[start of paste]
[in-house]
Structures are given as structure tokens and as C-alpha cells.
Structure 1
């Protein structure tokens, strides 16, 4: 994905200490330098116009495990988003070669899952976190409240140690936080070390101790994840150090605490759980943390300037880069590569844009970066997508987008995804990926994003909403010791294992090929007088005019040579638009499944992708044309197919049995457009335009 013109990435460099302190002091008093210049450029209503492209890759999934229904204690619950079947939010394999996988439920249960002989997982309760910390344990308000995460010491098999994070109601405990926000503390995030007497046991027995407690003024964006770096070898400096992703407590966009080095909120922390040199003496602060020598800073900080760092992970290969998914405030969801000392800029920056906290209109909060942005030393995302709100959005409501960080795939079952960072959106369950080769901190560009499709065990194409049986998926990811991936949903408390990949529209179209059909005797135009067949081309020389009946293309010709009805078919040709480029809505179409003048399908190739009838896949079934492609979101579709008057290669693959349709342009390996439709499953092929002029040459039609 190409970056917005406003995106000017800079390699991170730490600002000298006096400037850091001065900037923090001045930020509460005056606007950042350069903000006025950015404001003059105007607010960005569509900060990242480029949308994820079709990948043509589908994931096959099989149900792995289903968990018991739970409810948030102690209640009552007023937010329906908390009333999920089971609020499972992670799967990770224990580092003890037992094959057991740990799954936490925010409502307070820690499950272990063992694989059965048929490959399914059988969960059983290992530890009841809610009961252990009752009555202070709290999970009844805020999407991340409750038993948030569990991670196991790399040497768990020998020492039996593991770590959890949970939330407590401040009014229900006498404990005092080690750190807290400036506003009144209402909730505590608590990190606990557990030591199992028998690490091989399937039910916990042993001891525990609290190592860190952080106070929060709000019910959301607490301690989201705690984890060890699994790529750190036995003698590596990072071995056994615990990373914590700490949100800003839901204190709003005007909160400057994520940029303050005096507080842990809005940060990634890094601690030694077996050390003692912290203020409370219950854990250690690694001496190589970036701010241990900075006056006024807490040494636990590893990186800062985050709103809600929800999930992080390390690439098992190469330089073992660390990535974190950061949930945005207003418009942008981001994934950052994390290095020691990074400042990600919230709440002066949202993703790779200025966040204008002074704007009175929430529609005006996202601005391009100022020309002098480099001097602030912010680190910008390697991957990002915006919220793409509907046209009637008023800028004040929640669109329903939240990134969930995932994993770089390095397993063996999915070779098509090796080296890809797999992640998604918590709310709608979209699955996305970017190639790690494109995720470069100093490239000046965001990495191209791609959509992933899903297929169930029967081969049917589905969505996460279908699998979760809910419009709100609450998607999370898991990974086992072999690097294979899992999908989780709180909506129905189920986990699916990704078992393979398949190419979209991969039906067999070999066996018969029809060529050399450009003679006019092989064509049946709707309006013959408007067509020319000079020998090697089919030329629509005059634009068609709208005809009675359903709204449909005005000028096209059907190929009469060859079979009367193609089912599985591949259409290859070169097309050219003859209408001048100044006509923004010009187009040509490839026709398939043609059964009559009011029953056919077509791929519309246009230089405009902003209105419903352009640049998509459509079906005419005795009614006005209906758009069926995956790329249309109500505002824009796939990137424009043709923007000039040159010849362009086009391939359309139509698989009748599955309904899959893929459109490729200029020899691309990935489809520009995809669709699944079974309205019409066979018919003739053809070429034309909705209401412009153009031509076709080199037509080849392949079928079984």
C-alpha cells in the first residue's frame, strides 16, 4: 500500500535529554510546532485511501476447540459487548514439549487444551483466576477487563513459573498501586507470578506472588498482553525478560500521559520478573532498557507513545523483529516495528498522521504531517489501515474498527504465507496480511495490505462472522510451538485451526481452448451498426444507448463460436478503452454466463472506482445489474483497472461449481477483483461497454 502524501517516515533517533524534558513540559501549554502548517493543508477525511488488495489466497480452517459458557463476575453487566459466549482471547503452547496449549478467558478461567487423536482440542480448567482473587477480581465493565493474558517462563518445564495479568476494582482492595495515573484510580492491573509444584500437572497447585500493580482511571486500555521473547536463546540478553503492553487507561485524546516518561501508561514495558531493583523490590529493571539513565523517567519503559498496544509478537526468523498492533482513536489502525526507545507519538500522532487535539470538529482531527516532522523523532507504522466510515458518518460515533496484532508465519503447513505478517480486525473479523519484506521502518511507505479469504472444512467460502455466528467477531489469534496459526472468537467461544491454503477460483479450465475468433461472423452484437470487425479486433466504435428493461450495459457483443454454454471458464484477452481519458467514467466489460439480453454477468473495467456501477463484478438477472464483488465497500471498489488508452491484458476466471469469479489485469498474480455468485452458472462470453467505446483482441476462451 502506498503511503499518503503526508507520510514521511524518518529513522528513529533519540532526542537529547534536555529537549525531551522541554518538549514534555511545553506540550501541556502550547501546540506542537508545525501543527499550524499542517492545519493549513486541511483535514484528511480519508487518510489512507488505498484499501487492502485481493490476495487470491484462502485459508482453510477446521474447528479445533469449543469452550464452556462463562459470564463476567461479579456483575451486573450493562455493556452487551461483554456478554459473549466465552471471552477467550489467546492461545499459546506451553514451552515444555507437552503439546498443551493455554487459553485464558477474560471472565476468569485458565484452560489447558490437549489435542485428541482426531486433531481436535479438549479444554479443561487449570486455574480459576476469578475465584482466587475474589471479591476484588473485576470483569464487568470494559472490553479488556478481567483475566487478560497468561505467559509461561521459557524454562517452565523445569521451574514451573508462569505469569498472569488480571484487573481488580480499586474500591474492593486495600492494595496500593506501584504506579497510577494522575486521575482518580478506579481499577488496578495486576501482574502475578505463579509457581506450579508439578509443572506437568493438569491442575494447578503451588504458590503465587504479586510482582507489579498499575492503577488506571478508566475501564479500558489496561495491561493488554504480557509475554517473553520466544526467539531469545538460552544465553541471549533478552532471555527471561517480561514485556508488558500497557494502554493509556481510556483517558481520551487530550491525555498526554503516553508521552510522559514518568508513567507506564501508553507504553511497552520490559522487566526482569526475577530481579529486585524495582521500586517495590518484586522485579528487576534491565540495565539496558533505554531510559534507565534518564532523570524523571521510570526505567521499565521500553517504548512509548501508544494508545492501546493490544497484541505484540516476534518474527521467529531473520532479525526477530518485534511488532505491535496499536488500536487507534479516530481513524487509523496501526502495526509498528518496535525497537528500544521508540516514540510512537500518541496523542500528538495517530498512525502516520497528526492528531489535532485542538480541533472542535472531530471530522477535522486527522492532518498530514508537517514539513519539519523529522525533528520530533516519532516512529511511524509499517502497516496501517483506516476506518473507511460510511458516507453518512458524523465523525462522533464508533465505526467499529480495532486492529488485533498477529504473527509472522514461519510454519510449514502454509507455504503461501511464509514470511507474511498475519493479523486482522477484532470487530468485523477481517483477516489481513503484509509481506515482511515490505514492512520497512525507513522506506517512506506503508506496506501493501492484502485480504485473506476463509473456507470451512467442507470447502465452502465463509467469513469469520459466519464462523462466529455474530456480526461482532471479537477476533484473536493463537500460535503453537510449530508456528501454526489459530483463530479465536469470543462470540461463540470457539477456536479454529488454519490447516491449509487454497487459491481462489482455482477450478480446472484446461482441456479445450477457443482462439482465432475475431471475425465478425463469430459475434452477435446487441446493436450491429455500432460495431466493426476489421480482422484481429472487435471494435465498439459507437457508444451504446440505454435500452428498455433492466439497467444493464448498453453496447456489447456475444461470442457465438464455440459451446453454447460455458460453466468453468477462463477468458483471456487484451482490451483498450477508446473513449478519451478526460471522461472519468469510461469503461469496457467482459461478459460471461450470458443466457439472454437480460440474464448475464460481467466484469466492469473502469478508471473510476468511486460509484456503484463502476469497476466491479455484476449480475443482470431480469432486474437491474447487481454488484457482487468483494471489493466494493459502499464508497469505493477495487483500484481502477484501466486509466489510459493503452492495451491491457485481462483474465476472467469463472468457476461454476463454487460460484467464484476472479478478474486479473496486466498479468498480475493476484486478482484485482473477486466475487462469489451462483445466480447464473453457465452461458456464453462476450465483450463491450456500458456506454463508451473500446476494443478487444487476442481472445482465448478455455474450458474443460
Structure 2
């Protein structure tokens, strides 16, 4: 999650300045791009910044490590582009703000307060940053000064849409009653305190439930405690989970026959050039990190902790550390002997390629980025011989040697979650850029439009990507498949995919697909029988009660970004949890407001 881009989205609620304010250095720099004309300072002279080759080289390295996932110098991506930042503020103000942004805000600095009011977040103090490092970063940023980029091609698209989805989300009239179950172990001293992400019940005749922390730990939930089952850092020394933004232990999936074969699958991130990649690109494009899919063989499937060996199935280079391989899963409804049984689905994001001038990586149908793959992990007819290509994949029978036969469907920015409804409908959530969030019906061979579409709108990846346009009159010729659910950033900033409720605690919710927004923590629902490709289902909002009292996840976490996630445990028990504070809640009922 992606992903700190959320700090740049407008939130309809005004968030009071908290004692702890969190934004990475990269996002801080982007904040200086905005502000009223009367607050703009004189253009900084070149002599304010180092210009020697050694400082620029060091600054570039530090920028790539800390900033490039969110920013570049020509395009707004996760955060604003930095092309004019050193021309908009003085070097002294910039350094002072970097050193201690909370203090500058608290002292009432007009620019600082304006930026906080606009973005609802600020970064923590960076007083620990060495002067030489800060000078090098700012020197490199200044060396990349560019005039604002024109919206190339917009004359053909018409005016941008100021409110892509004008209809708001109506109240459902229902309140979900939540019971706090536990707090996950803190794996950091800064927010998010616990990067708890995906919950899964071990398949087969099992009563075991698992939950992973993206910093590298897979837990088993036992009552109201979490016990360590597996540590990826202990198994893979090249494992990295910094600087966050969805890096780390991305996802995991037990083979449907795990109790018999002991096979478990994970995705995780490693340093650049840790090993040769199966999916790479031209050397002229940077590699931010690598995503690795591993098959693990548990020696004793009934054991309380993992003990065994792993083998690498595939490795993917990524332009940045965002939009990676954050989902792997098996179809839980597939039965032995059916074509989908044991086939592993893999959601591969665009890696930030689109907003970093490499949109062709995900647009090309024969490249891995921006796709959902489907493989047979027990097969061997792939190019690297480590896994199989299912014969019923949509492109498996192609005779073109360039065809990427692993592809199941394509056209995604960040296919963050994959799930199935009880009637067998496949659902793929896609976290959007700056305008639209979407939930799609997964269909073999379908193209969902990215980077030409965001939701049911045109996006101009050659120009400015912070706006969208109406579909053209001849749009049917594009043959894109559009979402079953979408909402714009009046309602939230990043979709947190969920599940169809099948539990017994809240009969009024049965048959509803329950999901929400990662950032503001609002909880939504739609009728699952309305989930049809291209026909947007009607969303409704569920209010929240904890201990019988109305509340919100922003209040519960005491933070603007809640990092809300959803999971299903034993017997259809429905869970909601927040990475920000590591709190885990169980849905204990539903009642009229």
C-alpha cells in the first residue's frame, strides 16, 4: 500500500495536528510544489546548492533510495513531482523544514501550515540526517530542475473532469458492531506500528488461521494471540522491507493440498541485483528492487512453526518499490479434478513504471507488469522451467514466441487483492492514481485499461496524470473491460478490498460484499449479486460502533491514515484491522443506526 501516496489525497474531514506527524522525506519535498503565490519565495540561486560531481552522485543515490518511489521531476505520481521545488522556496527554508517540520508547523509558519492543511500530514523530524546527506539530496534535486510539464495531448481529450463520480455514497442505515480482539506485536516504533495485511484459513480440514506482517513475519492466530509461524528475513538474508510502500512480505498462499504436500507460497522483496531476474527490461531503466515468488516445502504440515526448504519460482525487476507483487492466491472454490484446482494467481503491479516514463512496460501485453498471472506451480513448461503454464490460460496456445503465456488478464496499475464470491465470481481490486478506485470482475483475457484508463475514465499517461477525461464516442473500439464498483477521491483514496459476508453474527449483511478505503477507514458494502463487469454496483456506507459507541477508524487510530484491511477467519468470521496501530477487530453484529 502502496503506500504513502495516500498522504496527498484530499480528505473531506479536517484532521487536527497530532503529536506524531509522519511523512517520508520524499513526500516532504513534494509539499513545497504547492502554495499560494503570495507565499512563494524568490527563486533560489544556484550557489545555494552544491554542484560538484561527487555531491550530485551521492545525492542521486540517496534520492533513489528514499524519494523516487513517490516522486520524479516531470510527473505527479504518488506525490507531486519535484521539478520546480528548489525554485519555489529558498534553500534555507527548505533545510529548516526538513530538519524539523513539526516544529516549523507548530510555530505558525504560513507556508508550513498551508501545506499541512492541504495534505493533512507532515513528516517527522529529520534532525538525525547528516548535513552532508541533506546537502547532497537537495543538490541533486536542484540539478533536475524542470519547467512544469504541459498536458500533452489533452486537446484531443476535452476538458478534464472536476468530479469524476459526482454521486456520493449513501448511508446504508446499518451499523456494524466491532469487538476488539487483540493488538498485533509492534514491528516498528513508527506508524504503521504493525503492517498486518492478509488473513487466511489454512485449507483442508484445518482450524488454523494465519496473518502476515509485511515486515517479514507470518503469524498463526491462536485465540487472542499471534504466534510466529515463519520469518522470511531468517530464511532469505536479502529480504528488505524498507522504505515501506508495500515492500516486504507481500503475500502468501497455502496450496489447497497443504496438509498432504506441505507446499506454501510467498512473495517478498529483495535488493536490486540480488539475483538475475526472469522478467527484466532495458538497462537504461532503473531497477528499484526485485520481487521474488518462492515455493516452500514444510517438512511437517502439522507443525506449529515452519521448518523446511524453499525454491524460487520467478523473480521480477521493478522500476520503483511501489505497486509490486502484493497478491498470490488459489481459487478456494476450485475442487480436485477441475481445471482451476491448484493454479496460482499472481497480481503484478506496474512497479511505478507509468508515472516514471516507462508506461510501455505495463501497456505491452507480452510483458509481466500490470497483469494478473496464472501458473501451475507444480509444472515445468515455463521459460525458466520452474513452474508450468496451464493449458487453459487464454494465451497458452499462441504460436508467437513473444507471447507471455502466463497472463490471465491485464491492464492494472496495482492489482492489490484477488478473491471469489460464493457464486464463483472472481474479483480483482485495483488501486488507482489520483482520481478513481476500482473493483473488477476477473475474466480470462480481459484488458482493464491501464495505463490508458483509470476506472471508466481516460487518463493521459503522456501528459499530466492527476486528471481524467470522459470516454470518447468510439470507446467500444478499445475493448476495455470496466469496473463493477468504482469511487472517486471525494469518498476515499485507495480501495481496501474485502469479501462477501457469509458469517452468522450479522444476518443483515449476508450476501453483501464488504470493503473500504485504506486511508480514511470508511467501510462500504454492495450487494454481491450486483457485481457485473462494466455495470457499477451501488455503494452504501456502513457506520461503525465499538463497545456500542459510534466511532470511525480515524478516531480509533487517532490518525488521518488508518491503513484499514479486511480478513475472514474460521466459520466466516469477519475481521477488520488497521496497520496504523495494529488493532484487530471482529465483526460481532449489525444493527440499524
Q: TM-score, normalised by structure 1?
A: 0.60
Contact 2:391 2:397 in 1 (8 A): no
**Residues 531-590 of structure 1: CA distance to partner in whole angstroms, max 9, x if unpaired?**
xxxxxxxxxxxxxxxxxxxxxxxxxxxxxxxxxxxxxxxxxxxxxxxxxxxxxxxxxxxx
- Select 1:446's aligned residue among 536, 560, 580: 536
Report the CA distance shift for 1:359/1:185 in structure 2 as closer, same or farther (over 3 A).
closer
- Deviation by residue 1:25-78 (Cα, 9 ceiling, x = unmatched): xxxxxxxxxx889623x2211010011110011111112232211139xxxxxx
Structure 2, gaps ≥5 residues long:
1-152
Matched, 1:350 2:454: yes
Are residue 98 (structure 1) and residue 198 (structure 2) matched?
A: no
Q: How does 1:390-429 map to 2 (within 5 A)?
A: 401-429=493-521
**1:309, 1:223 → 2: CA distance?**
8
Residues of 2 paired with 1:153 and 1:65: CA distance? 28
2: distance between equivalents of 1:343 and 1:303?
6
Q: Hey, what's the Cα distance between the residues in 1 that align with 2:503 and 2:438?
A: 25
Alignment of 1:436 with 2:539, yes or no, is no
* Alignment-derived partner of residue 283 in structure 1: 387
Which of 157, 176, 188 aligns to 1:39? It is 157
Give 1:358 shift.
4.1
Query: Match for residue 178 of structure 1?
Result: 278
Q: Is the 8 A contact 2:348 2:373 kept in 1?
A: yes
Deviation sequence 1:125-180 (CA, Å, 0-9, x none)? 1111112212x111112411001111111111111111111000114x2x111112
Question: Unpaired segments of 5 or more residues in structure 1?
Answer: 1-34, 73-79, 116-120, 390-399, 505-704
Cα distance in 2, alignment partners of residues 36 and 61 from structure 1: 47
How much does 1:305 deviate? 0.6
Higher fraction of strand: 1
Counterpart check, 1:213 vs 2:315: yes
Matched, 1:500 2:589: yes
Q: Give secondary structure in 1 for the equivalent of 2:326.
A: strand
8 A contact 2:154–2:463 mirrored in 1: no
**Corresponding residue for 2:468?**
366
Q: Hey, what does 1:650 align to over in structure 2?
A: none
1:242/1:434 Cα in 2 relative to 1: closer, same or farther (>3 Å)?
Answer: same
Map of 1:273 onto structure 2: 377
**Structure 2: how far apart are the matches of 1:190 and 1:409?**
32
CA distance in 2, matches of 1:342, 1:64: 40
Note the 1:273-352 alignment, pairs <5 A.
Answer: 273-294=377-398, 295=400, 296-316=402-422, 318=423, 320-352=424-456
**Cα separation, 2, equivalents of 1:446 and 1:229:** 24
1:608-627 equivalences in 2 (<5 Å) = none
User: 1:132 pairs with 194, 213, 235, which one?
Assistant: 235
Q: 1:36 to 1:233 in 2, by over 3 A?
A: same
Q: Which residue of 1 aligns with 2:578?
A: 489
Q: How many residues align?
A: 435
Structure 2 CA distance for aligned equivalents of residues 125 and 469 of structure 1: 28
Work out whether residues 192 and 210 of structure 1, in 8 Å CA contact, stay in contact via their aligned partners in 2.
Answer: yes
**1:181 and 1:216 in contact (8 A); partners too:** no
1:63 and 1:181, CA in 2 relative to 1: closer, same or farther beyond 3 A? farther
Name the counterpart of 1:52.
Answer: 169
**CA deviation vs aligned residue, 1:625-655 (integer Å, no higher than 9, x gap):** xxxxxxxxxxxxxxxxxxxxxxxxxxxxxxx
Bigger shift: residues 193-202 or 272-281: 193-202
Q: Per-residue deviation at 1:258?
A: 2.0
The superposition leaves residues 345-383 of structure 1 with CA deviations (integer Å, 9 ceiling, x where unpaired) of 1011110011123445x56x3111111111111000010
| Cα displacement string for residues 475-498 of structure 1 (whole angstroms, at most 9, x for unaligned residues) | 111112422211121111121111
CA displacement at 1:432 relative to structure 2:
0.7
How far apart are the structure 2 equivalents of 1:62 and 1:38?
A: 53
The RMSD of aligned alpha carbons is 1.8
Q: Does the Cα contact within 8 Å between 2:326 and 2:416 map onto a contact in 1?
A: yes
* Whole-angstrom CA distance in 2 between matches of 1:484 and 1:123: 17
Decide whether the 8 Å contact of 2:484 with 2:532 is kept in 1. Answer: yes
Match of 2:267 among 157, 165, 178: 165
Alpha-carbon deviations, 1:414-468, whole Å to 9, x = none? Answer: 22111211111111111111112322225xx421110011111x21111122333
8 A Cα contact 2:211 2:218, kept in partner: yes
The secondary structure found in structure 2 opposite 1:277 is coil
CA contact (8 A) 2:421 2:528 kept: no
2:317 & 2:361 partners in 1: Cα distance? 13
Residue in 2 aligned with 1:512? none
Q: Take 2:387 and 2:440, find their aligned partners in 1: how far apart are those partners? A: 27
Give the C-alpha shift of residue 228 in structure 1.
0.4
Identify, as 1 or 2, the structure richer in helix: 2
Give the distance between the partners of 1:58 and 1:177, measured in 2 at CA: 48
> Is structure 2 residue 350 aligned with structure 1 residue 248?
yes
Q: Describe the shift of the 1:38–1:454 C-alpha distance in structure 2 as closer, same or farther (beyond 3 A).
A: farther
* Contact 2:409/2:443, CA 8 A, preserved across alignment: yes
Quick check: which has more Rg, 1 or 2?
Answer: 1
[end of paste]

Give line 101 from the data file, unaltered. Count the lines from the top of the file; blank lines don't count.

2:317 & 2:361 partners in 1: Cα distance? 13